In 1751 Smollett released his second picaresque novel, Peregrine Pickle, widely read because of its magnificently drawn naval characters and because of Smollett's bitter, personal attacks on such prominent English figures as Henry Fielding and David Garrick. Peregrine, like Roderick Random, must learn to live by his wits in a world that Smollett depicts as corrupt and unfeeling. In the same year Smollett began reviewing books for the Monthly Review, an activity that he expanded later for the Critical Review.
Ferdinand Count Fathom
Smollett's third novel, The Adventures of Ferdinand Count Fathom, appeared early in 1753. Again the story of a rogue moving through vicious elements in society, it was financially less successful than his first two works of fiction. Smollett continued to supplement his meager medical income by undertaking hackwork for various booksellers in London during this period. By 1756, in fact, he had largely abandoned his medical practice. Although he was deeply involved in establishing and contributing to the Critical Review in 1756, he did not find the venture commercially profitable until 1762.
Real financial success from his writing came to Smollett only with the publication of the four volumes of his Complete History of England in 1757-1758, a project begun in 1755 and already being revised before the end of 1758. Smollett's farce, The Reprisal; or, The Tars of Old England, was successfully produced at the Theatre Royal in Drury Lane in 1757. By 1759, although he was only 38 years old, he was already suffering so severely from the asthma and associated complicating disorders that eventually led to his death that he sought feverishly but unsuccessfully to obtain a diplomatic post that would take him to a warmer climate to live and work.
Sir Launcelot Greaves and Editorial Work
During 1760-1761 Smollett published his fourth novel, The Adventures of Sir Launcelot Greaves, in the British Magazine, which he had helped to found. The novel, although an unsuccessful attempt to translate the Don Quixote story into 18th-century English characters and situations, was the first considerable English novel ever to be published serially. Smollett also undertook a Continuation of the Complete History of England (five volumes of which were published between 1760 and 1765), engaged in virulent political controversy, and in 1761 agreed to contribute to and help prepare a 36-volume edition of The Works of M. de Voltaire (1761-1769). By 1763, in broken health and mourning the death of his daughter, Elizabeth, who had been born in 1747 or 1748, Smollett sailed for France, where he remained for 2 years.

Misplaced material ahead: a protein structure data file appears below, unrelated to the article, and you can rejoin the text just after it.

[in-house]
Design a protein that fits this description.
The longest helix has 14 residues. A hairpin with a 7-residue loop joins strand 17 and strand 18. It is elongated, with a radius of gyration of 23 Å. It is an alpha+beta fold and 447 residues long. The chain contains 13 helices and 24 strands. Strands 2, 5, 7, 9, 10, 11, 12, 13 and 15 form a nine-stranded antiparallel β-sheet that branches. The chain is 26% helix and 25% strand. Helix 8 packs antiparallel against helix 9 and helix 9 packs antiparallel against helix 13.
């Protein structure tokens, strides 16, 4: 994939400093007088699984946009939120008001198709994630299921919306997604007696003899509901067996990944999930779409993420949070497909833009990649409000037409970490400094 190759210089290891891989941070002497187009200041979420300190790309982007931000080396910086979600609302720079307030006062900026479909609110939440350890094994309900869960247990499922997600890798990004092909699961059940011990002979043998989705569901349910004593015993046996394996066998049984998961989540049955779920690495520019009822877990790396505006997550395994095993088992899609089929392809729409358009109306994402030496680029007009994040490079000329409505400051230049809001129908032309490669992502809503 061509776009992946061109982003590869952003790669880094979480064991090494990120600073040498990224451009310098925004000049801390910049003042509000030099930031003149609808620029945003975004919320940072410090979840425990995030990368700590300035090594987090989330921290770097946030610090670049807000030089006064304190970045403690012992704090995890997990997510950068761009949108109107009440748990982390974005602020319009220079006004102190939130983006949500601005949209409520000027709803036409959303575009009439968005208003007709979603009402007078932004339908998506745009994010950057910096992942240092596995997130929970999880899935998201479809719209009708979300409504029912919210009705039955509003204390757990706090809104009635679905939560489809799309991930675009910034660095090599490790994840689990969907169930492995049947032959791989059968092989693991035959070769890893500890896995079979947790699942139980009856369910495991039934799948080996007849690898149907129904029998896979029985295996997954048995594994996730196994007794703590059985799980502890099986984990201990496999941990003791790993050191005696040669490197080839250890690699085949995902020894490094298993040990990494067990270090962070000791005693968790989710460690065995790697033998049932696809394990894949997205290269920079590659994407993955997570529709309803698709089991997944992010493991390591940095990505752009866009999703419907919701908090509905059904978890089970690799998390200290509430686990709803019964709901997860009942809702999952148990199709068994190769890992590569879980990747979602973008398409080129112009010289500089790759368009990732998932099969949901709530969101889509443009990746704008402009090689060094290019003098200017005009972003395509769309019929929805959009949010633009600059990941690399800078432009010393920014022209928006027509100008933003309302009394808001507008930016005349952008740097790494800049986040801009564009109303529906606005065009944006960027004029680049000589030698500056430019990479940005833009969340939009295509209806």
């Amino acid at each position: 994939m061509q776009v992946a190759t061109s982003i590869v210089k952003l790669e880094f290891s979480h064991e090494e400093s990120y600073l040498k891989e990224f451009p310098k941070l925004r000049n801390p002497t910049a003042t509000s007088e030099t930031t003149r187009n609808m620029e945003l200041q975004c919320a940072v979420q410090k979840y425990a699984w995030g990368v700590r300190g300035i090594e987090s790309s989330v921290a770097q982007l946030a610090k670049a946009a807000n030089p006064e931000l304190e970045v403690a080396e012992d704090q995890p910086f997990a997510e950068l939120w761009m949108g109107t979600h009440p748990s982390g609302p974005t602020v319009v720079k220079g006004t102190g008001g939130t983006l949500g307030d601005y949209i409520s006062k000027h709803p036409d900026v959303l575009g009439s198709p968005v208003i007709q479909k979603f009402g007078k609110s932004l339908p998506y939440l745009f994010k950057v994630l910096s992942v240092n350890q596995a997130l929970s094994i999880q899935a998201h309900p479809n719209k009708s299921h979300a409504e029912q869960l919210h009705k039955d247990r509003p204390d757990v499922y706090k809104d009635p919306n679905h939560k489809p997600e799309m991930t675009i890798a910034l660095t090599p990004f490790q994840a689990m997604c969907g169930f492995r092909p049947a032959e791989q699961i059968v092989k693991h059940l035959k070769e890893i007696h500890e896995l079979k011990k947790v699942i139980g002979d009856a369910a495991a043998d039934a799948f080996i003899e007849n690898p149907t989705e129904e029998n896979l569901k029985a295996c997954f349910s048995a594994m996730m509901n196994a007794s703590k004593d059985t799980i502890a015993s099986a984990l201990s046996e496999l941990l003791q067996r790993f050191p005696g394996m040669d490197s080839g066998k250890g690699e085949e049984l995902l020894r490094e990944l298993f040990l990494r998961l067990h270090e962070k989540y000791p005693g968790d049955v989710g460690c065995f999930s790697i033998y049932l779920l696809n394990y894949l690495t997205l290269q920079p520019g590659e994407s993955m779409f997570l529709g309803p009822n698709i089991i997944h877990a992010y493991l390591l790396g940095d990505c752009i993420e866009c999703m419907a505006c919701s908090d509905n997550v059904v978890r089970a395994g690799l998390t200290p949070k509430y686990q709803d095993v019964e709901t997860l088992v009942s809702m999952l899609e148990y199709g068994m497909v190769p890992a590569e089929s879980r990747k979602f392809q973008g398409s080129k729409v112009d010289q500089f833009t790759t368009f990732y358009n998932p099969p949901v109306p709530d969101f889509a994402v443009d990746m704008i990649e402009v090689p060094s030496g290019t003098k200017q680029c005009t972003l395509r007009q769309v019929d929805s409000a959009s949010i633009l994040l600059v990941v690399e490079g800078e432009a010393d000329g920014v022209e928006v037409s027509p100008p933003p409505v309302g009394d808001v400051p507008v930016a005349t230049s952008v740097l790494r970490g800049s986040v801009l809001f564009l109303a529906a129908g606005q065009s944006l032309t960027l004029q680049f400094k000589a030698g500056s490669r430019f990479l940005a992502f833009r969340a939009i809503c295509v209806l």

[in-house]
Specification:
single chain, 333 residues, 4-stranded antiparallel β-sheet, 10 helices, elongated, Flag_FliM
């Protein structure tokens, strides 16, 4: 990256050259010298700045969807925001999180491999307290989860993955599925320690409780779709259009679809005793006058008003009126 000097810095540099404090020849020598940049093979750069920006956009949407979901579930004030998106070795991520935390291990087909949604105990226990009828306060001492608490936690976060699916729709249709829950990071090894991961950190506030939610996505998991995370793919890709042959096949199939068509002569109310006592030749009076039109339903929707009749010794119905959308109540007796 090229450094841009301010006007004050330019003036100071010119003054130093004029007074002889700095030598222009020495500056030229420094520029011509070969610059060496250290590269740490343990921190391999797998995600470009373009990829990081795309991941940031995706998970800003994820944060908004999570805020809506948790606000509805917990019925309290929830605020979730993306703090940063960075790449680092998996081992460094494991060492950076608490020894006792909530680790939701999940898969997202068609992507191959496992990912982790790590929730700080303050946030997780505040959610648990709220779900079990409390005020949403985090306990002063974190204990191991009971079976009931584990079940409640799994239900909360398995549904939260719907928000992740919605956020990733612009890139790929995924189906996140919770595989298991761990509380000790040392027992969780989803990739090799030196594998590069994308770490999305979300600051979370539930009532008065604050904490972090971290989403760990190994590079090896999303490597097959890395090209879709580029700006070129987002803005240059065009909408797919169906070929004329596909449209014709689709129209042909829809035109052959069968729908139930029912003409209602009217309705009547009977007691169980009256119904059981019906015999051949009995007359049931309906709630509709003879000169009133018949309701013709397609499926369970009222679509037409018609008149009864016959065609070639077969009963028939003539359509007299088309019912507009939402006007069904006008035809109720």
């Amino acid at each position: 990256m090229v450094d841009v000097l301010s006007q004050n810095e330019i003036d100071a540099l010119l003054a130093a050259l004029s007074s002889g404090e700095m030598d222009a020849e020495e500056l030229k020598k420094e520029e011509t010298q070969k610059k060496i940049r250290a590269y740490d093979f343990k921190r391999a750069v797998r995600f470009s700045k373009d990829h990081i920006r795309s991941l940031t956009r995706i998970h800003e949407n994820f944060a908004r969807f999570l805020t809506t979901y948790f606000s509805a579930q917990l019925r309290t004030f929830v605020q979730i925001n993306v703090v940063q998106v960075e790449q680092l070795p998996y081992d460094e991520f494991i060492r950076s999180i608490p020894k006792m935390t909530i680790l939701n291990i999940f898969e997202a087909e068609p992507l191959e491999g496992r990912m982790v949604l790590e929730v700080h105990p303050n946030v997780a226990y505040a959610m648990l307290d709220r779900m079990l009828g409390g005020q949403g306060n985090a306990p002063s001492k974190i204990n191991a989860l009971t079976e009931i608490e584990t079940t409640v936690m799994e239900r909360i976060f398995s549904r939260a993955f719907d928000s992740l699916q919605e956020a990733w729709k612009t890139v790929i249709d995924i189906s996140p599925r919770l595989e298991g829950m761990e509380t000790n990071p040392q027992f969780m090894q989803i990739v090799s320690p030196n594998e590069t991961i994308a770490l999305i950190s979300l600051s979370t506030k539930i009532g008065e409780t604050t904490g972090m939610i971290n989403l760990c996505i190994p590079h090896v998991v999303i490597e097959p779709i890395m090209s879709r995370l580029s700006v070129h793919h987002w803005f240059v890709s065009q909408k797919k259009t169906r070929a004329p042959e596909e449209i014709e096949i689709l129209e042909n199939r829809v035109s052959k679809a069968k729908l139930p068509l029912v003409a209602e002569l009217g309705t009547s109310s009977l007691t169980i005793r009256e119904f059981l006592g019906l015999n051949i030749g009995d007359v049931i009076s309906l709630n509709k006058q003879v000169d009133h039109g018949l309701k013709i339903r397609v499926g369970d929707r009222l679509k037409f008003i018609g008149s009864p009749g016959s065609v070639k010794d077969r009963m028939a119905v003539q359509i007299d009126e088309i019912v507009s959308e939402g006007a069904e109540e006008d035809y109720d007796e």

In 1766 Smollett published two important volumes of his Travels through France and Italy, a popular compendium of observations on character, customs, commerce, the arts, and antiquities. Although he traveled constantly through England and Scotland between 1765 and 1768, he was finally forced by his deteriorating health to leave England forever and to move to Italy in 1768. Smollett is usually considered to be the author of The Adventures of an Atom (1769), a satire that pretended to be about Japan but was, in fact, a coarse and violent attack on important political issues and personages in the early years of the reign of George III.
While living in II Gardino, Italy, Smollett completed work on his last and finest novel, The Expedition of Humphrey Clinker, which was published in three volumes in June 1771. His only epistolary novel, Humphrey Clinker reflects a more careful structure, a more balanced view of human nature, and a greater control of style and character than any of his earlier fiction. The novel describes the travels of Matthew Bramble, various members of his family, and their companions through England, Wales, and Scotland in a series of letters written from startlingly different points of view. While Matt's letters, for example, criticize the noise and pollution of London and Bath, those of his niece, Lydia, describe the excitement, the bustle, and the charm of these cities with relish and delight. In depicting Matthew Bramble's progress from sickness to health during the novel, Smollett drew much from his own adventures traveling through England. Smollett died in Italy in 1771.
Major biographical studies of Smollett are Louis L. Martz, The Later Career of Tobias Smollett (1942); George M. Kahrl, Tobias Smollett: Traveller-Novelist (1945); Lewis M. Knapp, Tobias Smollett: Doctor of Men and Manners (1949); and Robert D. Spector, Tobias Smollett (1968). Important critical studies of Smollett are Fred W. Boege, Smollett's Reputation as a Novelist (1947), and G. S. Rousseau and P. G. Boucé, eds., Tobias Smollett: Bicentennial Essays Presented to Louis M. Knapp (1971). Useful chapters on Smollett are in the following works: Alan D. McKillop, The Early Masters of English Fiction (1956); Ian Watt, The Rise of the Novel (1957); Robert Alter, Rogue's Progress (1964); and Ronald Paulson, Satire and the Novel in Eighteenth Century England (1967). Recommended for general historical and social background are J.H. Plumb, England in the Eighteenth Century (1950); A. H. Humphreys, The Augustan World (1954); and R.J. White, The Age of George III (1968).
Smeaton, William Henry Oliphant, Tobias Smollett, Norwood, Pa.: Norwood Editions, 1977. □